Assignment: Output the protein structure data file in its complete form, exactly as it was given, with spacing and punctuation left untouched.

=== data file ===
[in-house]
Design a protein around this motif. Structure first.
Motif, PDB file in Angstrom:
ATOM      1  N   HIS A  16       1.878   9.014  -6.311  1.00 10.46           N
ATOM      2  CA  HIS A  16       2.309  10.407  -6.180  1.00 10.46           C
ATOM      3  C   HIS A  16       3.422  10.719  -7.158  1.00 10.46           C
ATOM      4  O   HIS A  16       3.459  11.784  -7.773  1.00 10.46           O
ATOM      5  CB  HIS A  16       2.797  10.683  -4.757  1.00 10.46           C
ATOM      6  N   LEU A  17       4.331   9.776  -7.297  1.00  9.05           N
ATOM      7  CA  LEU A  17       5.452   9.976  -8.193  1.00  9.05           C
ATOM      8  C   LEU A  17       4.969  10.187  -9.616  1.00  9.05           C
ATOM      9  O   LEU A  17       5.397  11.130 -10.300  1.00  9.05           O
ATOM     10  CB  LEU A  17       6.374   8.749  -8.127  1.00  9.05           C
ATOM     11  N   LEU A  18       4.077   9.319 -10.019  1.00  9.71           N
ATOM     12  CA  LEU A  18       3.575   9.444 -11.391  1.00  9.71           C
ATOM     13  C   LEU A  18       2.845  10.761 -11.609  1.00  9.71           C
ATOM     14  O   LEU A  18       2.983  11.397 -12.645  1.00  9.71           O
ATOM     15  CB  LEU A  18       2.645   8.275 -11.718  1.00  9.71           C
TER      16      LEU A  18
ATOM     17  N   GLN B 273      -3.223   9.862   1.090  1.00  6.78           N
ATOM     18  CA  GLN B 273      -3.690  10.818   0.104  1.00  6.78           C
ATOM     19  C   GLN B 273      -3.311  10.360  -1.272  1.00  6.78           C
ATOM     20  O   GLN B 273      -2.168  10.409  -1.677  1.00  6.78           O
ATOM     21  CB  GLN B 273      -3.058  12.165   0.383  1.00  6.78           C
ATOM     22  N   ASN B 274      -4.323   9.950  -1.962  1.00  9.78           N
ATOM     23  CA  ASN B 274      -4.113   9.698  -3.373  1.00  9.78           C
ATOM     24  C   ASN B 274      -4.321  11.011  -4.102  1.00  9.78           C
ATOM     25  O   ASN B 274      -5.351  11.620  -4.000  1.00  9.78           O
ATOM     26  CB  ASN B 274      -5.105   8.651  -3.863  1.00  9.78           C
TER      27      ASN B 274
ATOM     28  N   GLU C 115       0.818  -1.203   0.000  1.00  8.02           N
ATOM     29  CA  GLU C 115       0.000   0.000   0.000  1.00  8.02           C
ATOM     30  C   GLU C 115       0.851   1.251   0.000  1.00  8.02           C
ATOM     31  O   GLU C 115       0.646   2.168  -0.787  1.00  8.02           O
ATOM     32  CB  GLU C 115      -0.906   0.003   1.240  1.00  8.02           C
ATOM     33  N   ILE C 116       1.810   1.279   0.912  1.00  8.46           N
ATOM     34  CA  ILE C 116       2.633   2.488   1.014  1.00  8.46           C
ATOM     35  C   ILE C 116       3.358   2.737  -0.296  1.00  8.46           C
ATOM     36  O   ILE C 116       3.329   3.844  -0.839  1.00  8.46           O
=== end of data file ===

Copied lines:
[in-house]
Design a protein around this motif. Structure first.
Motif, PDB file in Angstrom:
ATOM      1  N   HIS A  16       1.878   9.014  -6.311  1.00 10.46           N
ATOM      2  CA  HIS A  16       2.309  10.407  -6.180  1.00 10.46           C
ATOM      3  C   HIS A  16       3.422  10.719  -7.158  1.00 10.46           C
ATOM      4  O   HIS A  16       3.459  11.784  -7.773  1.00 10.46           O
ATOM      5  CB  HIS A  16       2.797  10.683  -4.757  1.00 10.46           C
ATOM      6  N   LEU A  17       4.331   9.776  -7.297  1.00  9.05           N
ATOM      7  CA  LEU A  17       5.452   9.976  -8.193  1.00  9.05           C
ATOM      8  C   LEU A  17       4.969  10.187  -9.616  1.00  9.05           C
ATOM      9  O   LEU A  17       5.397  11.130 -10.300  1.00  9.05           O
ATOM     10  CB  LEU A  17       6.374   8.749  -8.127  1.00  9.05           C
ATOM     11  N   LEU A  18       4.077   9.319 -10.019  1.00  9.71           N
ATOM     12  CA  LEU A  18       3.575   9.444 -11.391  1.00  9.71           C
ATOM     13  C   LEU A  18       2.845  10.761 -11.609  1.00  9.71           C
ATOM     14  O   LEU A  18       2.983  11.397 -12.645  1.00  9.71           O
ATOM     15  CB  LEU A  18       2.645   8.275 -11.718  1.00  9.71           C
TER      16      LEU A  18
ATOM     17  N   GLN B 273      -3.223   9.862   1.090  1.00  6.78           N
ATOM     18  CA  GLN B 273      -3.690  10.818   0.104  1.00  6.78           C
ATOM     19  C   GLN B 273      -3.311  10.360  -1.272  1.00  6.78           C
ATOM     20  O   GLN B 273      -2.168  10.409  -1.677  1.00  6.78           O
ATOM     21  CB  GLN B 273      -3.058  12.165   0.383  1.00  6.78           C
ATOM     22  N   ASN B 274      -4.323   9.950  -1.962  1.00  9.78           N
ATOM     23  CA  ASN B 274      -4.113   9.698  -3.373  1.00  9.78           C
ATOM     24  C   ASN B 274      -4.321  11.011  -4.102  1.00  9.78           C
ATOM     25  O   ASN B 274      -5.351  11.620  -4.000  1.00  9.78           O
ATOM     26  CB  ASN B 274      -5.105   8.651  -3.863  1.00  9.78           C
TER      27      ASN B 274
ATOM     28  N   GLU C 115       0.818  -1.203   0.000  1.00  8.02           N
ATOM     29  CA  GLU C 115       0.000   0.000   0.000  1.00  8.02           C
ATOM     30  C   GLU C 115       0.851   1.251   0.000  1.00  8.02           C
ATOM     31  O   GLU C 115       0.646   2.168  -0.787  1.00  8.02           O
ATOM     32  CB  GLU C 115      -0.906   0.003   1.240  1.00  8.02           C
ATOM     33  N   ILE C 116       1.810   1.279   0.912  1.00  8.46           N
ATOM     34  CA  ILE C 116       2.633   2.488   1.014  1.00  8.46           C
ATOM     35  C   ILE C 116       3.358   2.737  -0.296  1.00  8.46           C
ATOM     36  O   ILE C 116       3.329   3.844  -0.839  1.00  8.46           O